U.S. Sen. Chuck Grassley said Wednesday he wouldn’t vote against President Joe Biden’s infrastructure bill based solely on its lack of money for the biofuels industry.
“I want (biofuels) included, but if it was not included, that wouldn’t necessarily determine how I vote on the bill,” Grassley told Iowa reporters.
He signed a letter with his Iowa GOP congressional colleagues Tuesday questioning Democrat Biden’s level of support for biofuels.
“You failed to include any investments in biofuels, which play a vital role in our nation’s transportation sector,” the delegation wrote in the letter.
“According to the Energy Information Administration (EIA), by 2050, 81% of new vehicle sales will still be gas-powered or flex-fuel. Just this past year, electric cars made up 2.2% of the U.S. auto market,” the Republicans wrote.
The infrastructure bill included $174 million in subsidies for electric vehicles. Biden, and many others, have said biofuels would be an important part of what is likely to be a decades-long transition away from fossil fuels.
Grassley is more concerned about how the federal government would pay for an infrastructure bill of the magnitude Democrats envision, he said.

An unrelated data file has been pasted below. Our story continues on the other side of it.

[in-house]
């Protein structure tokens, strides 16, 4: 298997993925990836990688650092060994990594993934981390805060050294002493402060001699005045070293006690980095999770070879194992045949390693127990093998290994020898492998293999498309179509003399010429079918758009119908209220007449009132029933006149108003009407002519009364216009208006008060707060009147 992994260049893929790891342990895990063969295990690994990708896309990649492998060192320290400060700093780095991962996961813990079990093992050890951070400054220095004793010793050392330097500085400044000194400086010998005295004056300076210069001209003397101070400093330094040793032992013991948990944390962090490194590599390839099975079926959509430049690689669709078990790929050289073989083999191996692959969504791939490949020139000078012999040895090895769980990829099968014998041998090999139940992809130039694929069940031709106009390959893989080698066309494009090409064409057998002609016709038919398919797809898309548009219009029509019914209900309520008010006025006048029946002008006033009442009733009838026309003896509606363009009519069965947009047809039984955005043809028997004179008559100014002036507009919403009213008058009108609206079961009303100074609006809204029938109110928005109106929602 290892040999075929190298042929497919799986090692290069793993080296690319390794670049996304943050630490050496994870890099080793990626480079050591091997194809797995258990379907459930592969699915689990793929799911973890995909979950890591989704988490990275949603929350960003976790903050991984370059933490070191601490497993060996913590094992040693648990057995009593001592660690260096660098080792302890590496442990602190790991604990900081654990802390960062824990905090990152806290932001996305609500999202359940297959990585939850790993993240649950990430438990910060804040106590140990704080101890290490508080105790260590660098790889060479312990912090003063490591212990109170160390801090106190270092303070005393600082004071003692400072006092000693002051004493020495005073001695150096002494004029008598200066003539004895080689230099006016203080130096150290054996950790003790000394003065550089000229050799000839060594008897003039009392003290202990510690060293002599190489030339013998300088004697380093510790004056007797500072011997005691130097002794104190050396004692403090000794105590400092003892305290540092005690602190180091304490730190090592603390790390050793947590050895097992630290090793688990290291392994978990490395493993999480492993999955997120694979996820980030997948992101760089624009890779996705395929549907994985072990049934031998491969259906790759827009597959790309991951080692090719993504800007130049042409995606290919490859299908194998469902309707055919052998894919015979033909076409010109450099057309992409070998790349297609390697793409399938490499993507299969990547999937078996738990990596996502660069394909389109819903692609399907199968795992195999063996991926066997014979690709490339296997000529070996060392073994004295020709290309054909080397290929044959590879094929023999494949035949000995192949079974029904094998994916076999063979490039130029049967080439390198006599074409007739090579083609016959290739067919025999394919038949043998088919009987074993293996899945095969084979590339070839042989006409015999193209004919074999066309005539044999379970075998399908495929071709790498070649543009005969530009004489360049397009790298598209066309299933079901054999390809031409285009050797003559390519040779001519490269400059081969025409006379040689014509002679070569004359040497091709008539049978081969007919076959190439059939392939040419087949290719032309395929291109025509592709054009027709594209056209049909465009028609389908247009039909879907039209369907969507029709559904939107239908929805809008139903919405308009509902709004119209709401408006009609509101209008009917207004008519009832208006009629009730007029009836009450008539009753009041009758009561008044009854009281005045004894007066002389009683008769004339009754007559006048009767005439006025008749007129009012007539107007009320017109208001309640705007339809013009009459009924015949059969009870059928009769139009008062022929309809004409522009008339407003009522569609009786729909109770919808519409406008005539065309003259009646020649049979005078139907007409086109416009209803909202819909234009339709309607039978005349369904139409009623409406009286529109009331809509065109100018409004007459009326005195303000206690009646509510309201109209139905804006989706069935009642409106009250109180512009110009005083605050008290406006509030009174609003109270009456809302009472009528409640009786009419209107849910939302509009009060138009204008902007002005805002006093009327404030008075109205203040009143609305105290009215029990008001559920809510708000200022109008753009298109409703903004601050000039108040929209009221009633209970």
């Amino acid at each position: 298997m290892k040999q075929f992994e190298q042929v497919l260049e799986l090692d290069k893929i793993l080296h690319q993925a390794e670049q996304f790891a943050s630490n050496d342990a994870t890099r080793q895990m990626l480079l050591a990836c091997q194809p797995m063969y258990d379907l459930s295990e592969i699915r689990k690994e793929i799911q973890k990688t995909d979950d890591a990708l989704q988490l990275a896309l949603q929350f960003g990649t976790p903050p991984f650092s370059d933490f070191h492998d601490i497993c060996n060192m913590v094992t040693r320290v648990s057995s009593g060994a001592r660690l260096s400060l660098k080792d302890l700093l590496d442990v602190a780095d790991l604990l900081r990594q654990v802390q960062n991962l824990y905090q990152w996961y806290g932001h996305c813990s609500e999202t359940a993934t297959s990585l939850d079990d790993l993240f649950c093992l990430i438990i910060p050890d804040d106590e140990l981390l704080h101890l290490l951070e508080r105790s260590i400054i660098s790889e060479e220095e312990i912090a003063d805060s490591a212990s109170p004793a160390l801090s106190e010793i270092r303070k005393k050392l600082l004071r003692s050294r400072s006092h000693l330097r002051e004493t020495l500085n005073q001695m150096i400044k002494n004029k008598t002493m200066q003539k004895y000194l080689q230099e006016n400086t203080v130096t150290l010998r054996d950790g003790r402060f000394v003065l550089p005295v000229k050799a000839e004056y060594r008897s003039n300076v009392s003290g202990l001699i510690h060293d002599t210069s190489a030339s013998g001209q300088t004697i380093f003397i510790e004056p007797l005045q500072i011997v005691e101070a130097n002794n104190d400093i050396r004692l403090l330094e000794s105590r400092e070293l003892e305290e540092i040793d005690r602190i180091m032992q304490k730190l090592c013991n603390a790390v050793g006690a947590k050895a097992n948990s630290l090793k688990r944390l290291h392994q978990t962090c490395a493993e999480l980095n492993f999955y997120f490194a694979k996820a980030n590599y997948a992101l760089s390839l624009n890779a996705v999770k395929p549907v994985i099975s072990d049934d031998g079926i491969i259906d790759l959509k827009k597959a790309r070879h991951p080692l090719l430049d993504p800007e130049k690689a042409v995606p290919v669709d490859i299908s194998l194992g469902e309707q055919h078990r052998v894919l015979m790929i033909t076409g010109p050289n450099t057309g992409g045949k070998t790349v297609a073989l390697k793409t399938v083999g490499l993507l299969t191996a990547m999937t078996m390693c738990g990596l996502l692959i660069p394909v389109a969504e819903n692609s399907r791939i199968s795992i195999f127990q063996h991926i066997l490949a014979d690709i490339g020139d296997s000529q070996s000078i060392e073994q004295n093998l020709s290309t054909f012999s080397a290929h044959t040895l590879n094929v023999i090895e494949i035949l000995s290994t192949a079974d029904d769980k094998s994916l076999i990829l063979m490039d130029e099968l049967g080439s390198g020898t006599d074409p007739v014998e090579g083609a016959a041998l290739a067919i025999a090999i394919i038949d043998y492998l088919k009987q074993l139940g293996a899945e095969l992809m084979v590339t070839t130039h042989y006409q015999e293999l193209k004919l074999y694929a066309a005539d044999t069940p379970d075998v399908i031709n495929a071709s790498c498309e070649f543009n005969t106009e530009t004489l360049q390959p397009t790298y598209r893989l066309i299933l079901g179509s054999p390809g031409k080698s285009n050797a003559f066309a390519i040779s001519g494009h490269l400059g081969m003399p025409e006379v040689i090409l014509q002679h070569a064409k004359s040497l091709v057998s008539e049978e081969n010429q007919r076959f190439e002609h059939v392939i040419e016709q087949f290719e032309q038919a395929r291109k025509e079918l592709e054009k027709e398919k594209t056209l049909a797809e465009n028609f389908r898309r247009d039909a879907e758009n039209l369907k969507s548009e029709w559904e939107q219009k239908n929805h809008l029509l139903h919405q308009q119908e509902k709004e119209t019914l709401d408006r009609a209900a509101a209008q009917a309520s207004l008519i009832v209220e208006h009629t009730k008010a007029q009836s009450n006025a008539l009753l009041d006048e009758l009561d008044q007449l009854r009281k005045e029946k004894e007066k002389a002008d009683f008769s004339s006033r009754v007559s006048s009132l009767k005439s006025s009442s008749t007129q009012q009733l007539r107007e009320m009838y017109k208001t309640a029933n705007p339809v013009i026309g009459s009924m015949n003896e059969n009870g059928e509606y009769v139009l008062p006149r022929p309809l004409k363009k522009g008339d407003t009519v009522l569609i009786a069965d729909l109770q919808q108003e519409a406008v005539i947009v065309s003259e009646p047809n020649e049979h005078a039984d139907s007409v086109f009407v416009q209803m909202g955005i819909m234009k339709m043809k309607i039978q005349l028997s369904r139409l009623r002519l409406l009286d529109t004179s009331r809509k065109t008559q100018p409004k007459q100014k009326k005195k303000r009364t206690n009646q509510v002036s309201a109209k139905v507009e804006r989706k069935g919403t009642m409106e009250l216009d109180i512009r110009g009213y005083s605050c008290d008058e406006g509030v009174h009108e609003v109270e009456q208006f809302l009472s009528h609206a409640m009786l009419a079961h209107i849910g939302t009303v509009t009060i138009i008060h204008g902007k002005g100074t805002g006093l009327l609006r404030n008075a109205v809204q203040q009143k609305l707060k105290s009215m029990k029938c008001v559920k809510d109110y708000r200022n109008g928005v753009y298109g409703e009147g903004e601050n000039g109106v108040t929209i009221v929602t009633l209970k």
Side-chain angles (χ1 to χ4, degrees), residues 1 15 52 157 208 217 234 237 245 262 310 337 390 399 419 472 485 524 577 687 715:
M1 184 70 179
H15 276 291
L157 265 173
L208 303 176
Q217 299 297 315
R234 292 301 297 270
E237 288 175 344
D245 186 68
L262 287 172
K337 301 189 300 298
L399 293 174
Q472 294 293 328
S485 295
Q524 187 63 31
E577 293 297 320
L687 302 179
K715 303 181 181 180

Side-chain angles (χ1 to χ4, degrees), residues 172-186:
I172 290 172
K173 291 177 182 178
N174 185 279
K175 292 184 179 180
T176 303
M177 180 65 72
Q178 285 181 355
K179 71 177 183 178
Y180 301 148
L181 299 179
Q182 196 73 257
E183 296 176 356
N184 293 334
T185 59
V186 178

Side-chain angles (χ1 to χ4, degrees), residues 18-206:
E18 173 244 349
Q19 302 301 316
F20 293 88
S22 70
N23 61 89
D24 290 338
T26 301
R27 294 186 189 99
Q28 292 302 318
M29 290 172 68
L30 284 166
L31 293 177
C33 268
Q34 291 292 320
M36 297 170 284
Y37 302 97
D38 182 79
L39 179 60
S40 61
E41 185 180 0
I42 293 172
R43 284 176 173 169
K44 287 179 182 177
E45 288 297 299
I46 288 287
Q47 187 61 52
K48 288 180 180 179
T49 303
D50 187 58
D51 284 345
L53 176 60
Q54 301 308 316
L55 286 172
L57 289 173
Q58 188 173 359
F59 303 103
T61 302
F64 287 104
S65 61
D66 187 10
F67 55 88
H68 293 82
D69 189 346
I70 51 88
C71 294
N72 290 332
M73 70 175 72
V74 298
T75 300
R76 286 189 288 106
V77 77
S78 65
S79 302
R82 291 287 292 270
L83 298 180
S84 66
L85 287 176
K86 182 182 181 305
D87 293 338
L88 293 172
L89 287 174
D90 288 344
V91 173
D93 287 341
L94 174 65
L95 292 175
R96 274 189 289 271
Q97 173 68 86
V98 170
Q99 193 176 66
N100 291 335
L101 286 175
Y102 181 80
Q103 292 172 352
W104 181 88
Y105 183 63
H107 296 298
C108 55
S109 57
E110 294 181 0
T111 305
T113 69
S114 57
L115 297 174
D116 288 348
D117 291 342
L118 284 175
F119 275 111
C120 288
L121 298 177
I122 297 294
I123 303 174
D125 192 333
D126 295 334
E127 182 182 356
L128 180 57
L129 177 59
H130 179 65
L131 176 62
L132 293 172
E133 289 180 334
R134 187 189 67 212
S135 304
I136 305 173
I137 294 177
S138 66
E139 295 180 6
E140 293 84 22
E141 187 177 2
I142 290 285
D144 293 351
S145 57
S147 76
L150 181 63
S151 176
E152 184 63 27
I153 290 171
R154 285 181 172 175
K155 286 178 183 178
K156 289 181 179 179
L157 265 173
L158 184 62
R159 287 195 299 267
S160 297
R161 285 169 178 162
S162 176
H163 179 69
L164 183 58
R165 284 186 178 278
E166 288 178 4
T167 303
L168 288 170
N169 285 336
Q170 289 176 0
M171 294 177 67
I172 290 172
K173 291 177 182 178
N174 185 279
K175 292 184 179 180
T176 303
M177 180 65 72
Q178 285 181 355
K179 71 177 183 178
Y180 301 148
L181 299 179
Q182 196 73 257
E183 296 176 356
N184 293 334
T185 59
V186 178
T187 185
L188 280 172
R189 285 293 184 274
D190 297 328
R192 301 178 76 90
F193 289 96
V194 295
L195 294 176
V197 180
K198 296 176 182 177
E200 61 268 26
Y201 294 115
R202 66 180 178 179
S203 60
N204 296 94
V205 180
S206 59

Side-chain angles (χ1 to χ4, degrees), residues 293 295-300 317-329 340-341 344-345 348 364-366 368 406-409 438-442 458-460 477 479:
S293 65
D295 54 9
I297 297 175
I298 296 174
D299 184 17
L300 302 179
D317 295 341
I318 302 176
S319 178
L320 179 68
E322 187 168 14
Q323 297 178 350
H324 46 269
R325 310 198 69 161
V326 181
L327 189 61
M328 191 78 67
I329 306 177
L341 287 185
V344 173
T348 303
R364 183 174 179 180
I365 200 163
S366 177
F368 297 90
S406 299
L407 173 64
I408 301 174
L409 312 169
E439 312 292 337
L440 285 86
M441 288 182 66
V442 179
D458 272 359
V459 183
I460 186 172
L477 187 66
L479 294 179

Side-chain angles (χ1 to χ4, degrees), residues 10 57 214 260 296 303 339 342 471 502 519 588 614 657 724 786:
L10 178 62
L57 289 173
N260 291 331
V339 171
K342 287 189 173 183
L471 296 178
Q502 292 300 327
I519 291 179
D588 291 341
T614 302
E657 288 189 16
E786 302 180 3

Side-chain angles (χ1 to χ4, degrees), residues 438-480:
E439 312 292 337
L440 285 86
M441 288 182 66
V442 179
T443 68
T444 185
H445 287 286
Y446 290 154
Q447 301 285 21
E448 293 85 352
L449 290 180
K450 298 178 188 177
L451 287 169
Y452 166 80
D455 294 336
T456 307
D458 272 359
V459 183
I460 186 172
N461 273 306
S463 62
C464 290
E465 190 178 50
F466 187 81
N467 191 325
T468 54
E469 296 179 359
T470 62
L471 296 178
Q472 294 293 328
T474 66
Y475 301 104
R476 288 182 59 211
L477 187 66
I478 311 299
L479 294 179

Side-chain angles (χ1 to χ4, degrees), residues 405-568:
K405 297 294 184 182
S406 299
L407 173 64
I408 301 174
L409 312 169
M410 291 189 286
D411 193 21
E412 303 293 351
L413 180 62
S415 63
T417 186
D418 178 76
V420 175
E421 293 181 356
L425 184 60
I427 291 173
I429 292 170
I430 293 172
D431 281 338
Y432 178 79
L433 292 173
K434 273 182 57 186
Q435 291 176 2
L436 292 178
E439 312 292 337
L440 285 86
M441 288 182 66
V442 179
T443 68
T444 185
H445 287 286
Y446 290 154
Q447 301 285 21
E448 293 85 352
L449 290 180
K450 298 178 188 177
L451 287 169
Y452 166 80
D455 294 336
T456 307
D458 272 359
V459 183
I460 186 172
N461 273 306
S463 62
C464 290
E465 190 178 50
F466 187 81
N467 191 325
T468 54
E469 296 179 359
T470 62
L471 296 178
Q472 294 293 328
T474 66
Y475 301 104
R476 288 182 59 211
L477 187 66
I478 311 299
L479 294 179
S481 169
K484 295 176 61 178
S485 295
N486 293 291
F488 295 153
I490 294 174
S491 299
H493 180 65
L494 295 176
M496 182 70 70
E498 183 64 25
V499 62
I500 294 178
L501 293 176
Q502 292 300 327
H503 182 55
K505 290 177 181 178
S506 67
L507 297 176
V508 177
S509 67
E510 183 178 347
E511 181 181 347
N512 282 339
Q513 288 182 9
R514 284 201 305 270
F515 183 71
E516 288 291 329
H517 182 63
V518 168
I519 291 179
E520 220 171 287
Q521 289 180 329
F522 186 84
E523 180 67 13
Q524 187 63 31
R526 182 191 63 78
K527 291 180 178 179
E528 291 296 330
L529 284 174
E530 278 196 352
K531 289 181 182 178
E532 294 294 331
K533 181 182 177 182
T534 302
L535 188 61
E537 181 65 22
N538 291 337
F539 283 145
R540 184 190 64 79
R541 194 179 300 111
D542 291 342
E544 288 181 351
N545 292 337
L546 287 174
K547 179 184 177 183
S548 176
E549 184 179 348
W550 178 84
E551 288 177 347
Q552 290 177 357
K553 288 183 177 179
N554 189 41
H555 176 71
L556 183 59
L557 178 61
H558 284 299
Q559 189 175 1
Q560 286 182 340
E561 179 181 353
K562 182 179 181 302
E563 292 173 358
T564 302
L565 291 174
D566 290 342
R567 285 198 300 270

“I don’t know if the dollar amount is a key thing,” Grassley said. “How to pay for it would be a key thing.”
Biden and congressional leaders have debated how to pay for the plan. The president and Senate leaders Chuck Schumer, D.-N.Y., and Mitch McConnell, R-Ky., all oppose increasing the gas tax while Republicans generally oppose changing the provisions of the 2017 tax cuts, Grassley said.
The bill should address basic needs such as roads, bridges and airports, in addition to possible support for biofuels, Grassley said.
Grassley said previous administrations hoped to convert completely to electric vehicles by 2035, but Biden has pushed for 2030. That could be tough, Grassley said.
He added that he is concerned about the close to 50,000 workers in Iowa’s biofuels industry who could lose jobs, and that corn prices could fall. Iowa is the top producer of biofuels and the grains used to make them.
Grassley is optimistic that biofuels will be in the mix for the foreseeable future.
“We’re turning more to alternative energy all the time, but we’re still going to need fossil fuels for a while,” he said.